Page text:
Jeremy Fowler of CBSSports.com spoke with NCAA President Mark Emmert regarding the NCAA’s next stab at a proposal to increase the amount of athletic financial aid. Last year around this time, the proposal to simply provide $2,000 more to full scholarship student-athletes was soundly rejected by the membership with over 160 override requests. That sent the working group back to the drawing board, and now it sounds like momentum is building behind a new idea.
What that idea is is still not exactly clear. But Emmert’s comments to Fowler, plus the history of the stipend plan over the last year give us enough insight to guess at what it might be. In the end, it sounds like a combination of elements from three different plans that have been discussed over the last year.
Three Need-Based Plans
Since the original proposal was rejected, the Student-Athlete Well-Being Working Group has discussed three plans, two of which were very similar but with one significant difference, and one that was completely different. Those plans were:
- Allow institutions to provide up to $2,000 more if all of an athlete’s financial aid did not meet the cost of attendance. Student-athletes in equivalency sports on partial scholarships could receive a stipend equal to the percentage of their scholarship (i.e. a student-athlete on a 50% scholarship could receive up to $1,000).
- Allow institutions to provide up to $2,000 more if all of an athlete’s financial aid and expected family contribution did not meet the cost of attendance. Student-athletes in equivalency sports on partial scholarships could receive a stipend equal to the percentage of their scholarship.
- Allow institutions to add $2,000 per scholarship offered to the Student Assistance Fund. That fund can be used to pay the same expenses that the $2,000 stipend was expected cover.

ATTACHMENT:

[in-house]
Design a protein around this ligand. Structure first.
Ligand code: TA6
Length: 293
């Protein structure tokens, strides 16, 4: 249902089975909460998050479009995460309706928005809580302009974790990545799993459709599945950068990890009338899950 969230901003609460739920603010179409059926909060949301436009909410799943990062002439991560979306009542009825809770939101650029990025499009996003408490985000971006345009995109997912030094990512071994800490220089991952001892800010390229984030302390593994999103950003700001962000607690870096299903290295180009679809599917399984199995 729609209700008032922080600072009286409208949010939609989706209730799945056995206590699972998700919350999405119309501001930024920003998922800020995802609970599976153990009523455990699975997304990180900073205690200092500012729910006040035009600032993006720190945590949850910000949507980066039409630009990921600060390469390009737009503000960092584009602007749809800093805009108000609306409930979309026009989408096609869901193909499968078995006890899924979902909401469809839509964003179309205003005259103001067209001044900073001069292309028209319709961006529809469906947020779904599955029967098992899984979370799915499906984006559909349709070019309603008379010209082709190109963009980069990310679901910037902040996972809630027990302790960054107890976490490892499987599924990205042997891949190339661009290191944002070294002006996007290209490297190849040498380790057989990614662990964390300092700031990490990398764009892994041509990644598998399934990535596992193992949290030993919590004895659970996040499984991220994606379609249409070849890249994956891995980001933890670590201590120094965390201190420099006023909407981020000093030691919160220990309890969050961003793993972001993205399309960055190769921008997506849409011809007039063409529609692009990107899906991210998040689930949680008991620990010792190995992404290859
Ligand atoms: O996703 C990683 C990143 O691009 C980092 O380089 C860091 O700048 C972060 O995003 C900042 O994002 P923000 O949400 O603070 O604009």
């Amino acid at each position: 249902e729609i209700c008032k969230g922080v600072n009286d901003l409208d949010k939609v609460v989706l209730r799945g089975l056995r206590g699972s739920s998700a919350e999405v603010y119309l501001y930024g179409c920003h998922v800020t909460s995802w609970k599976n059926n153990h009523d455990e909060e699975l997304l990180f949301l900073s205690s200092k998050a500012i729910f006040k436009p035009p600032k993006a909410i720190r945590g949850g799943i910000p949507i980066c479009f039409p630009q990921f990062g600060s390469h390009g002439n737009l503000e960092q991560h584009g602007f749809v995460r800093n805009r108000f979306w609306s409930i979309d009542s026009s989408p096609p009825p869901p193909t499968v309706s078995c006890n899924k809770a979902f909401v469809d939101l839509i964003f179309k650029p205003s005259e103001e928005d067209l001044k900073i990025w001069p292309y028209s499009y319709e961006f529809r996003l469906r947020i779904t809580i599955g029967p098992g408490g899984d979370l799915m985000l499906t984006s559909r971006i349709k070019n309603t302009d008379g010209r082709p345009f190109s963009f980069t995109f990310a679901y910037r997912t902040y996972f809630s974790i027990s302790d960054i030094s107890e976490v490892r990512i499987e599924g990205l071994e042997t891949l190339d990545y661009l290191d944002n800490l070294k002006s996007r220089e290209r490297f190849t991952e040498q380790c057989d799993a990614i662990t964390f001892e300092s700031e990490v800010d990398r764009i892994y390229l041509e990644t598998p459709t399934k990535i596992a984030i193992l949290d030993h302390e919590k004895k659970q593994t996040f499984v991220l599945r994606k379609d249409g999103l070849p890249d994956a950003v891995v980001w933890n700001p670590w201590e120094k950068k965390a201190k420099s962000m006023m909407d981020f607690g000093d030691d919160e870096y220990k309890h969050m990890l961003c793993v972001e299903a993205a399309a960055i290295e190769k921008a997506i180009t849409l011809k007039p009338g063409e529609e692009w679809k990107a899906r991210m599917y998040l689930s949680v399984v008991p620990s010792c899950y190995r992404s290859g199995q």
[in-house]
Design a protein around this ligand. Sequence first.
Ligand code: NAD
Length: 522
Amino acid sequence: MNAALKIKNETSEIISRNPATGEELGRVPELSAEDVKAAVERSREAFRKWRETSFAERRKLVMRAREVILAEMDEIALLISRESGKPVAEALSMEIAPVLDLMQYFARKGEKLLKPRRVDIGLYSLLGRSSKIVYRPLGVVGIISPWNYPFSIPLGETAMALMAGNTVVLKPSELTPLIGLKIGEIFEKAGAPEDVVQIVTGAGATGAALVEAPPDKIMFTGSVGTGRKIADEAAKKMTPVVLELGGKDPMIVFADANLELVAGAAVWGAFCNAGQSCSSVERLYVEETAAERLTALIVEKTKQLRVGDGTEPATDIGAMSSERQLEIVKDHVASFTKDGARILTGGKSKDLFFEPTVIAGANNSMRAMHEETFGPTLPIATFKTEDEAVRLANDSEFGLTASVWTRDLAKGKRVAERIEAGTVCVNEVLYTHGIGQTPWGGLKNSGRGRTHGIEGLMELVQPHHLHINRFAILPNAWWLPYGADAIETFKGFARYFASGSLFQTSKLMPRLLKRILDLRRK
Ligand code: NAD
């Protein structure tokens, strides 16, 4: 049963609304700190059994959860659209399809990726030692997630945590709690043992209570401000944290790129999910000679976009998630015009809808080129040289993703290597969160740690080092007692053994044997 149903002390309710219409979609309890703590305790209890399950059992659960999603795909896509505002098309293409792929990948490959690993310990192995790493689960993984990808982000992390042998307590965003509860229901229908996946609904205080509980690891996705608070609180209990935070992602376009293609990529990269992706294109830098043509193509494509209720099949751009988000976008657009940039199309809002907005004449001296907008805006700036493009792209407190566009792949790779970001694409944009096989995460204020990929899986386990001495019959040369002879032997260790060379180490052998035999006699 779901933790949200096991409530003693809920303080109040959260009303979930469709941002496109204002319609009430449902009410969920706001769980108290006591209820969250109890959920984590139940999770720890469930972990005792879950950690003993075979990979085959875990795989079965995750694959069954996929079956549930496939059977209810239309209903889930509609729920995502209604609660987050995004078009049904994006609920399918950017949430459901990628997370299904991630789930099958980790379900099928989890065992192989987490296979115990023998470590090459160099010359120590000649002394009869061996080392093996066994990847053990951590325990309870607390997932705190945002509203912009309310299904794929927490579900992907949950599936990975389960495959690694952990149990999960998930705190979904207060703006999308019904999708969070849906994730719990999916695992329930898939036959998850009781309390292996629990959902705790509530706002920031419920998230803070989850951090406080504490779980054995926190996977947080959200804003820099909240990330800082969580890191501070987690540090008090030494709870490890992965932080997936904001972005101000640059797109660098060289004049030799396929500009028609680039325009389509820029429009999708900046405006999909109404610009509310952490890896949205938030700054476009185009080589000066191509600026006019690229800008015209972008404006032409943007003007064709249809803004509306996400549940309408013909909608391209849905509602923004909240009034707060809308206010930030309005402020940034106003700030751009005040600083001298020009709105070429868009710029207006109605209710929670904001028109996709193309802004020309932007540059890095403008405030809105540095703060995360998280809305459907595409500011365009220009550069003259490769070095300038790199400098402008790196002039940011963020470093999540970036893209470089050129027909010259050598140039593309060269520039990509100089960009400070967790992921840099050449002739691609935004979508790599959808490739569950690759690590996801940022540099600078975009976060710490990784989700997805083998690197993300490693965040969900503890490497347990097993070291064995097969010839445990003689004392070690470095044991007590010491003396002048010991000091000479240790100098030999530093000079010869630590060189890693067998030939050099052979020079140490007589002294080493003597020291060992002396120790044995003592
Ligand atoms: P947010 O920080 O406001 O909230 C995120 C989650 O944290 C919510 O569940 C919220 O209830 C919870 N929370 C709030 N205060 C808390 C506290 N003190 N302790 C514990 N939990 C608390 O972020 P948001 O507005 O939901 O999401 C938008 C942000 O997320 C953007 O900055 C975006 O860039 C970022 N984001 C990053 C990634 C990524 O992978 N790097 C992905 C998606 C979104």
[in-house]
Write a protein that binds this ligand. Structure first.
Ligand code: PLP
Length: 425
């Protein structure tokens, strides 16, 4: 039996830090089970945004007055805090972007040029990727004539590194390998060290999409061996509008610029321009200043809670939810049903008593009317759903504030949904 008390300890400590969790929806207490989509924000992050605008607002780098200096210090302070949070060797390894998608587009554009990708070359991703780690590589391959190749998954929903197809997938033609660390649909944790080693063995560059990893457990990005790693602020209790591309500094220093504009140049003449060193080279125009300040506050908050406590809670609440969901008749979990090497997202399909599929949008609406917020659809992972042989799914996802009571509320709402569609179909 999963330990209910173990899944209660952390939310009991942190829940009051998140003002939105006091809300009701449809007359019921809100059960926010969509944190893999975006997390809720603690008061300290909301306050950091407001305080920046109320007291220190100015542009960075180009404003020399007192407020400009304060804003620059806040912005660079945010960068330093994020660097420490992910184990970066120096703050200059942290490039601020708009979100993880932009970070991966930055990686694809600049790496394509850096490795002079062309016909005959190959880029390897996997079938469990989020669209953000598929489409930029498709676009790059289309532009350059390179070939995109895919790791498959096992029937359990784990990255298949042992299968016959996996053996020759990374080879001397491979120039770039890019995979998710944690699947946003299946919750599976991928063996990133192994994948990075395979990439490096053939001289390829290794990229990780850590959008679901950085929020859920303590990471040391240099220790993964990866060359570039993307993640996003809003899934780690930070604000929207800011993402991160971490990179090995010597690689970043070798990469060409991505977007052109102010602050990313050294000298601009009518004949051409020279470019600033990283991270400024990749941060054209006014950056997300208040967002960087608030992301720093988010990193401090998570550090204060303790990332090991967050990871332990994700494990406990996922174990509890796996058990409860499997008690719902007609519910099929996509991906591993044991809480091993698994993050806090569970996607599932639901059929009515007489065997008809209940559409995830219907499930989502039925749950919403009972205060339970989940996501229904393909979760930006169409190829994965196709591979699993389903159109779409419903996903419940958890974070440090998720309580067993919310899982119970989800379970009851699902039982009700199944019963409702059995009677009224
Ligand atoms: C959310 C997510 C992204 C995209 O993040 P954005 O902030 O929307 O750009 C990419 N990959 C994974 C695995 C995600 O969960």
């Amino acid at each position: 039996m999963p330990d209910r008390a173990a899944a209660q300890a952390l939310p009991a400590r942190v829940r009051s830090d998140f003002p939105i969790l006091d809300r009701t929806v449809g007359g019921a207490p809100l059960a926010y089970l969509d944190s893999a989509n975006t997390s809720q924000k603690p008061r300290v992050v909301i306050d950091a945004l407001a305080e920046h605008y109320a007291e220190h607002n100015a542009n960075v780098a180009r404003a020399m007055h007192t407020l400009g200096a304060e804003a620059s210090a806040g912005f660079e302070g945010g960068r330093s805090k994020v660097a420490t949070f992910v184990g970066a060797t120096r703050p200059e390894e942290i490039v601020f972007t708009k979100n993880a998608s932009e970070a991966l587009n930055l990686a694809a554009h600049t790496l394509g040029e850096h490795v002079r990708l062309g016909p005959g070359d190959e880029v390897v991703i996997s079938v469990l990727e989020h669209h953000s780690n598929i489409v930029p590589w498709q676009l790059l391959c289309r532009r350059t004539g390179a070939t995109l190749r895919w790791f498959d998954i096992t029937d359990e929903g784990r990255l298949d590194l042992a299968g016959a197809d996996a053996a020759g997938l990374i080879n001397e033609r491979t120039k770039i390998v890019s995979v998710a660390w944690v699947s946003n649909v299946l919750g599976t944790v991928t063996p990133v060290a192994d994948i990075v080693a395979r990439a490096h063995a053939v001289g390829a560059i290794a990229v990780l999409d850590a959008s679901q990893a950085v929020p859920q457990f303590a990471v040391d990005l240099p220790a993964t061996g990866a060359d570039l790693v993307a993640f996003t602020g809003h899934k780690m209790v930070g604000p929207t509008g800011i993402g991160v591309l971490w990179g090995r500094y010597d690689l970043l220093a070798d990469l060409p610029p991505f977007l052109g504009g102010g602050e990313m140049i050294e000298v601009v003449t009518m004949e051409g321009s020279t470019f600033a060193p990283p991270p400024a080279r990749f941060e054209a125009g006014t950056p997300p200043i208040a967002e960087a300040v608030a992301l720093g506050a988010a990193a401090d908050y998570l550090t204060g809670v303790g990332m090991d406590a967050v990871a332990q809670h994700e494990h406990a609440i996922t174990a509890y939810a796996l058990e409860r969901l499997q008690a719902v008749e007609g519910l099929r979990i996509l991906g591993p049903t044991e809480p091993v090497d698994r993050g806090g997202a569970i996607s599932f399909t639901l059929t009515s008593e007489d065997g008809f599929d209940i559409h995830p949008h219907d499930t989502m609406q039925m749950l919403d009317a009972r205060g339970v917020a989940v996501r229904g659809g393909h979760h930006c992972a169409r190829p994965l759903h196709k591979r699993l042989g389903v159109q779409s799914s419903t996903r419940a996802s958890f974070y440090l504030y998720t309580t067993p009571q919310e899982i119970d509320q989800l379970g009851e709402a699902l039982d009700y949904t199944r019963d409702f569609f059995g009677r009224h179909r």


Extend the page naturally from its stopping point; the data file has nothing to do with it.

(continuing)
Expected family contribution is a number calculated by the Department of Education when a student completes the Free Application for Federal Student Aid (FAFSA). It represents the amount of money a student’s family should be able to put toward his or her education. It is impacted by the family’s income as well as the number of college age children in the student’s family. The EFC is the critical number used by both federal and state governments as well as by schools for all need-based aid programs.
Here are the elements of the plan Mark Emmert mentioned to Jeremy Fowler:
Among the plan’s options, according to Emmert:
- Athletes applying for money through the Free Application for Federal Student Aid.
- Giving universities or conferences discretion over how funds are allocated.
- Calculating stipend payments based on family contributions.
That sounds like option 2 above with some changes to the Student Assistance Fund to allow the money to be used for more purposes. Essentially the proposal would allow schools to provide up to $2,000 to athletes with unmet need. A student has unmet need when his or her total scholarship package plus expected family contribution does not equal the cost of attendance.